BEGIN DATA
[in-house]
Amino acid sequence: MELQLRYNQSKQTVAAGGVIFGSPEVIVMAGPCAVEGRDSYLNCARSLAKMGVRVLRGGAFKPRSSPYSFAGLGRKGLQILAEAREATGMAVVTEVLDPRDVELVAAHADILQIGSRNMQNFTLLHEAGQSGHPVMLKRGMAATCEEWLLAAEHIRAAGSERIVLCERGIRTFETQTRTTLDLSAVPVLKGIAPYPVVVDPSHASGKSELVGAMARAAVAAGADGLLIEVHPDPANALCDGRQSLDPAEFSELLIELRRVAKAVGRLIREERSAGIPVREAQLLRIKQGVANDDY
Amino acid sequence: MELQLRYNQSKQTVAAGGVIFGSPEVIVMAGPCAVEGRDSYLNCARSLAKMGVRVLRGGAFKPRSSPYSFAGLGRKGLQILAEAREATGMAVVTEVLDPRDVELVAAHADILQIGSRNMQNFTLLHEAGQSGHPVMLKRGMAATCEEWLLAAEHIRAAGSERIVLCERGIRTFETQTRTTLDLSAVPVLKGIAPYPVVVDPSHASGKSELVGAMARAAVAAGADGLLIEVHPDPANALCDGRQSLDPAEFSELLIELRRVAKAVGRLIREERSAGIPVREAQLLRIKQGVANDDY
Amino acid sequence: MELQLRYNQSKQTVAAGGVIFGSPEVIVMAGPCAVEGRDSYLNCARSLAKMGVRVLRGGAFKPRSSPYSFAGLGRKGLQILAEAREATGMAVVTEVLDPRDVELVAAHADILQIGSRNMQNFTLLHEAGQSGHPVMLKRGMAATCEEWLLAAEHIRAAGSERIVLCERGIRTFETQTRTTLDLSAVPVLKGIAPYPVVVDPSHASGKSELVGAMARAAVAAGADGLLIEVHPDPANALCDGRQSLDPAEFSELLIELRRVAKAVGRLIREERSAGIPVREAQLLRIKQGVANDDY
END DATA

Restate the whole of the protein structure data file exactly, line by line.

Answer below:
[in-house]
Amino acid sequence: MELQLRYNQSKQTVAAGGVIFGSPEVIVMAGPCAVEGRDSYLNCARSLAKMGVRVLRGGAFKPRSSPYSFAGLGRKGLQILAEAREATGMAVVTEVLDPRDVELVAAHADILQIGSRNMQNFTLLHEAGQSGHPVMLKRGMAATCEEWLLAAEHIRAAGSERIVLCERGIRTFETQTRTTLDLSAVPVLKGIAPYPVVVDPSHASGKSELVGAMARAAVAAGADGLLIEVHPDPANALCDGRQSLDPAEFSELLIELRRVAKAVGRLIREERSAGIPVREAQLLRIKQGVANDDY
Amino acid sequence: MELQLRYNQSKQTVAAGGVIFGSPEVIVMAGPCAVEGRDSYLNCARSLAKMGVRVLRGGAFKPRSSPYSFAGLGRKGLQILAEAREATGMAVVTEVLDPRDVELVAAHADILQIGSRNMQNFTLLHEAGQSGHPVMLKRGMAATCEEWLLAAEHIRAAGSERIVLCERGIRTFETQTRTTLDLSAVPVLKGIAPYPVVVDPSHASGKSELVGAMARAAVAAGADGLLIEVHPDPANALCDGRQSLDPAEFSELLIELRRVAKAVGRLIREERSAGIPVREAQLLRIKQGVANDDY
Amino acid sequence: MELQLRYNQSKQTVAAGGVIFGSPEVIVMAGPCAVEGRDSYLNCARSLAKMGVRVLRGGAFKPRSSPYSFAGLGRKGLQILAEAREATGMAVVTEVLDPRDVELVAAHADILQIGSRNMQNFTLLHEAGQSGHPVMLKRGMAATCEEWLLAAEHIRAAGSERIVLCERGIRTFETQTRTTLDLSAVPVLKGIAPYPVVVDPSHASGKSELVGAMARAAVAAGADGLLIEVHPDPANALCDGRQSLDPAEFSELLIELRRVAKAVGRLIREERSAGIPVREAQLLRIKQGVANDDY